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If your documents and tags follow any kind of pattern, you might be able to use Smart Rules to auto-tag the things you’re dropping in. Manually tagging things is something I abhor!

You might appreciate the script discussed in this thread, where a couple of users have figured out how to save links to precise lines in a given document.

Also, make sure you share your story with the DT crew. I think they appreciate these tales!

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Tagging works best when you can’t easily programmatically add tags. If you can write a query to identify what files need what tag, then you’ve written a query to find the right files already.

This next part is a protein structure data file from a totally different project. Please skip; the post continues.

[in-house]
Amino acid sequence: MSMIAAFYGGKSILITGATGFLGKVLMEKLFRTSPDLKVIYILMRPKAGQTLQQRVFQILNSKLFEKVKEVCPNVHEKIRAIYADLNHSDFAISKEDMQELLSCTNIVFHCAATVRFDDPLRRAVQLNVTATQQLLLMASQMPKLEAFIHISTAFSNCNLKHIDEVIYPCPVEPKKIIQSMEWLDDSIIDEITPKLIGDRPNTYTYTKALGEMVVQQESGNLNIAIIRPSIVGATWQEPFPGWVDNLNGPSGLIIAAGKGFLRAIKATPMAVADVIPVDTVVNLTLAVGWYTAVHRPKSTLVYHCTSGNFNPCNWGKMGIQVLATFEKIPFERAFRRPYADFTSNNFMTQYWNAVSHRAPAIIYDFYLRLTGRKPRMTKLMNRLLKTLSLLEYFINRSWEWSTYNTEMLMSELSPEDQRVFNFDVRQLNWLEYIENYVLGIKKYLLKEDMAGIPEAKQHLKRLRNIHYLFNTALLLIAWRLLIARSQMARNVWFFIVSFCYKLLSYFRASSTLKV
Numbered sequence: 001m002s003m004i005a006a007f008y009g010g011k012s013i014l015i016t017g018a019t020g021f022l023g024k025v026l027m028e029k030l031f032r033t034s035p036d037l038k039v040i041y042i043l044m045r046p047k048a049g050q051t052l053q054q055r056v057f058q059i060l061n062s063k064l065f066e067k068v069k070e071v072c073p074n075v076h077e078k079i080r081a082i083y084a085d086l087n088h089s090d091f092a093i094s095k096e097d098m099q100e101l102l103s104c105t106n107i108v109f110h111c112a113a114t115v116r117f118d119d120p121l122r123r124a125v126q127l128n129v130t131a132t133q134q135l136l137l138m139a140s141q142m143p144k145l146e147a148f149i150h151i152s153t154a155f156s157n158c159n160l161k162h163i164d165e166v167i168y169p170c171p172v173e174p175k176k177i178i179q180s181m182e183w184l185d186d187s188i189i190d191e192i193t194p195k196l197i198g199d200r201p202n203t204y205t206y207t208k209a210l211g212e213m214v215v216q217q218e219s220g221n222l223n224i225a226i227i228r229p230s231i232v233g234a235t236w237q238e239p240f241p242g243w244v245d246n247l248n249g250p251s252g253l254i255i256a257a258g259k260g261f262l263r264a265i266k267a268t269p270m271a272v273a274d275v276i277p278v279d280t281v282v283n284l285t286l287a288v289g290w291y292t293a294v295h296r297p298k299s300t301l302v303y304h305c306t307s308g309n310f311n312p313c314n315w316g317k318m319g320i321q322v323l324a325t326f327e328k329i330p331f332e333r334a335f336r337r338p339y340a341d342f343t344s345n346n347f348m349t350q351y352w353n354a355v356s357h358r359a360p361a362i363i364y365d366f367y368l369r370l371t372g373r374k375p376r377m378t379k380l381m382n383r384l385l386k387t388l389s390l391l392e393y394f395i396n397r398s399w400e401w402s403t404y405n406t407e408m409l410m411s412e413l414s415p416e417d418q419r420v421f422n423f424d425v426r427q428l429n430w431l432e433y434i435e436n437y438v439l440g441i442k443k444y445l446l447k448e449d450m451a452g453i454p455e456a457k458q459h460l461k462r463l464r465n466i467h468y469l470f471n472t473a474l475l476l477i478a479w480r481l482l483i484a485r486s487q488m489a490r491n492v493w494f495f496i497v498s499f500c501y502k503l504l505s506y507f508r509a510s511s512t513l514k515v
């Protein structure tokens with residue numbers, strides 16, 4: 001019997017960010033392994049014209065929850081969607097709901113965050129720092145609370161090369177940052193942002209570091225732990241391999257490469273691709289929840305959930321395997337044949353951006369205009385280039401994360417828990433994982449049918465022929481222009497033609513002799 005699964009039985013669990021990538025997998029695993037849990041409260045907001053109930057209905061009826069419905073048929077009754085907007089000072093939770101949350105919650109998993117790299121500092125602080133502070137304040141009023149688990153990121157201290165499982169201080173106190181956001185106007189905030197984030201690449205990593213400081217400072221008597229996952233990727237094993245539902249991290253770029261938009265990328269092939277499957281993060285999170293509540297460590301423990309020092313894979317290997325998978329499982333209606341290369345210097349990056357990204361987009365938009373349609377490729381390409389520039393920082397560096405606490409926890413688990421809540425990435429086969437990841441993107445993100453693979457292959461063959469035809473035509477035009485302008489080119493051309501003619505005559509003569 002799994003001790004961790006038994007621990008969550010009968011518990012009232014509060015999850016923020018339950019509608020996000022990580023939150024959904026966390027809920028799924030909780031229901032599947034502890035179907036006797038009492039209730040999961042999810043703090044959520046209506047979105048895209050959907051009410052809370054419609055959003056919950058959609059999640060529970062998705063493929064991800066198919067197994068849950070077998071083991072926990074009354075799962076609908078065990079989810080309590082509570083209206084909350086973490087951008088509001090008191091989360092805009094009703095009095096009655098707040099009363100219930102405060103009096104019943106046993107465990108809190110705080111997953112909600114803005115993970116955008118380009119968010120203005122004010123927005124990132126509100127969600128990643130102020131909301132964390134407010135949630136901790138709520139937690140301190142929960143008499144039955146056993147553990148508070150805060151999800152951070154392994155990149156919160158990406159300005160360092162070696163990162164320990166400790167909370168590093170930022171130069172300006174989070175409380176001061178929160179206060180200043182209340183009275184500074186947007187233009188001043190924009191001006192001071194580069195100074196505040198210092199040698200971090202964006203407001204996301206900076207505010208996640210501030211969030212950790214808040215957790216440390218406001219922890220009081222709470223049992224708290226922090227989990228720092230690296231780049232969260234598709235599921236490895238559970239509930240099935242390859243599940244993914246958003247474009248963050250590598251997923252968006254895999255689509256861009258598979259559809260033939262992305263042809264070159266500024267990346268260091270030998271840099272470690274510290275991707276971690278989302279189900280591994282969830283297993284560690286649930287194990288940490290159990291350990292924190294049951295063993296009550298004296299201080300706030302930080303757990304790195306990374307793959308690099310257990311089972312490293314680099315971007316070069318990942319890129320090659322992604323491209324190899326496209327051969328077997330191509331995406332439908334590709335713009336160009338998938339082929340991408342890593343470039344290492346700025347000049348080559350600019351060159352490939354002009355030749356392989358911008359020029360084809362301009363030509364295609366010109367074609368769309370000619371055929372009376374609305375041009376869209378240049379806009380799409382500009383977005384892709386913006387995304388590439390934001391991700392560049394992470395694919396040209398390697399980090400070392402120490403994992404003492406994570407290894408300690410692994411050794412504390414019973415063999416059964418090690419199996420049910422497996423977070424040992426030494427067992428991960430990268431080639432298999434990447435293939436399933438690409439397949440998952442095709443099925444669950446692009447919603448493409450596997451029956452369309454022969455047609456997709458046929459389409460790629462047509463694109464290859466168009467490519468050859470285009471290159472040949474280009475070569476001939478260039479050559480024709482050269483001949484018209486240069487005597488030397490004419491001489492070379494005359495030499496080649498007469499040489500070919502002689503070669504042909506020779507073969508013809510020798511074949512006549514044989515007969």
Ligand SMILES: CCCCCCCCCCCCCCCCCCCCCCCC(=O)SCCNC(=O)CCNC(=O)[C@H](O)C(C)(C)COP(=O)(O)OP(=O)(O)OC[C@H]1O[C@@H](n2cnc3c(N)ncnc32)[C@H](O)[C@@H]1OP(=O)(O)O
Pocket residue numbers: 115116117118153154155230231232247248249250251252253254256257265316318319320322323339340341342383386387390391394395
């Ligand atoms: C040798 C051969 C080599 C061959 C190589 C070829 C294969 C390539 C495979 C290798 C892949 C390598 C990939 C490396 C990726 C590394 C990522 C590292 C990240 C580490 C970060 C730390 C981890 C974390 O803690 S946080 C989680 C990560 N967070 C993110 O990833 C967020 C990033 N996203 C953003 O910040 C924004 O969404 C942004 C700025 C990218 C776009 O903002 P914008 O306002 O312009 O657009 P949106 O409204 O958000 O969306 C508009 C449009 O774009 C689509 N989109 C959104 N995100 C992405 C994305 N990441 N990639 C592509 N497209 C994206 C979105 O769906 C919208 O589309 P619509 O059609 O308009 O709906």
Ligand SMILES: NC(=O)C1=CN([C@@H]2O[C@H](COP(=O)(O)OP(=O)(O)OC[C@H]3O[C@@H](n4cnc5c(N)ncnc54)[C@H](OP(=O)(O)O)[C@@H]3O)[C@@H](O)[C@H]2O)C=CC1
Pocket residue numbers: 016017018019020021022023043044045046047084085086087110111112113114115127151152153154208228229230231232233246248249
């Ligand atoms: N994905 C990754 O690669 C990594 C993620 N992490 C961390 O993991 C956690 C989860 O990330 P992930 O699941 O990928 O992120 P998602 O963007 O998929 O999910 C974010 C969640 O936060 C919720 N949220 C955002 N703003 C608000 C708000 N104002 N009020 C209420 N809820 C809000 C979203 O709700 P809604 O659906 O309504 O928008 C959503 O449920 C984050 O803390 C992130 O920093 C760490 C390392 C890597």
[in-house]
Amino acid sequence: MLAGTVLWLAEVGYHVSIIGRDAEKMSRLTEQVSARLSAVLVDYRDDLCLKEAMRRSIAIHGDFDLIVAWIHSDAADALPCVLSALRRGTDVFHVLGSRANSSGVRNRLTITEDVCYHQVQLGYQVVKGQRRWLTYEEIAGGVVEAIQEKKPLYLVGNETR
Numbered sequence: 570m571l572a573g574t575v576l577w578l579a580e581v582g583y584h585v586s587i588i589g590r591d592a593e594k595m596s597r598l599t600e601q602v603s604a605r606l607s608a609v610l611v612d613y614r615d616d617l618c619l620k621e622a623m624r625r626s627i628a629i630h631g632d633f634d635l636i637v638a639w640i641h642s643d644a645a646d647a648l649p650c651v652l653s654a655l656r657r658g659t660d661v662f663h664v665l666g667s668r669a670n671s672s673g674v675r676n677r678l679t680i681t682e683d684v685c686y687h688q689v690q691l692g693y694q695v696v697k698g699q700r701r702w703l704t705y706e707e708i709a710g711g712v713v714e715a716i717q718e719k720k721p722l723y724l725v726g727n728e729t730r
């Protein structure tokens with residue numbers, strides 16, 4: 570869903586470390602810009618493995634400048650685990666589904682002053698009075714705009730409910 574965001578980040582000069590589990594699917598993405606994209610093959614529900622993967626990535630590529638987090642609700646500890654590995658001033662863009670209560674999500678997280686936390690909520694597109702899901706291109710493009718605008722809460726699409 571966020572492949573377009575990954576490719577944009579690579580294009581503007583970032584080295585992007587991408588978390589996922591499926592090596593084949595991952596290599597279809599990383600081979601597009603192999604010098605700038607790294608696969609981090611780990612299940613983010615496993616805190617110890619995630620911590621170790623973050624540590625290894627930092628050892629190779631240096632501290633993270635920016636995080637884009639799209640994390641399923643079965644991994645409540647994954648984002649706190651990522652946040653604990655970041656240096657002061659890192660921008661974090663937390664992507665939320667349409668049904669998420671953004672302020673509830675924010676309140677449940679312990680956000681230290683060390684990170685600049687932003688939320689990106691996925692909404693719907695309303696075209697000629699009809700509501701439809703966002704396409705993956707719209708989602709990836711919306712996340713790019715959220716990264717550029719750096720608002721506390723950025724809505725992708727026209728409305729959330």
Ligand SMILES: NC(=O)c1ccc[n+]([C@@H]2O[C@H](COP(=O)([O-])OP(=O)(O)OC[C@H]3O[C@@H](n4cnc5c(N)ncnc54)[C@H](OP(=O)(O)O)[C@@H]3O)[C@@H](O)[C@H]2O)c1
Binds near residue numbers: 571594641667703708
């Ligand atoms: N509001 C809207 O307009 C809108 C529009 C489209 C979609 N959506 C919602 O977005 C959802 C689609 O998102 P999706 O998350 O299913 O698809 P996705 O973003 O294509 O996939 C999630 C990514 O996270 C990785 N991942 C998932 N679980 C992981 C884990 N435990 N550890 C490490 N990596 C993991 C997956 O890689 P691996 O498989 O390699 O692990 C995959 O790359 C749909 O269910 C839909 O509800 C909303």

Tagging works best when you have files that are superficially similar (all PDFs for example) but that serve different purposes. You could filter them into subdirectories (invoices, statements) or you could tag them to make them searchable. If you have a large volume of similar files then a subfolder might make more sense, but where you have superficially similar files where the types are varied, tagging can make for a simpler file structure, and a searchable and visual distinction between individual files.

This does mean that tagging is often more valuable in situations that don’t allow for a lot of easy automation.

At least that’s my perspective.

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Good point. I don’t disagree. Manually tagging (and filing) will probably result in more meaningful organization, as there’s abstract and abductive things your brain can do that the computer simply can’t.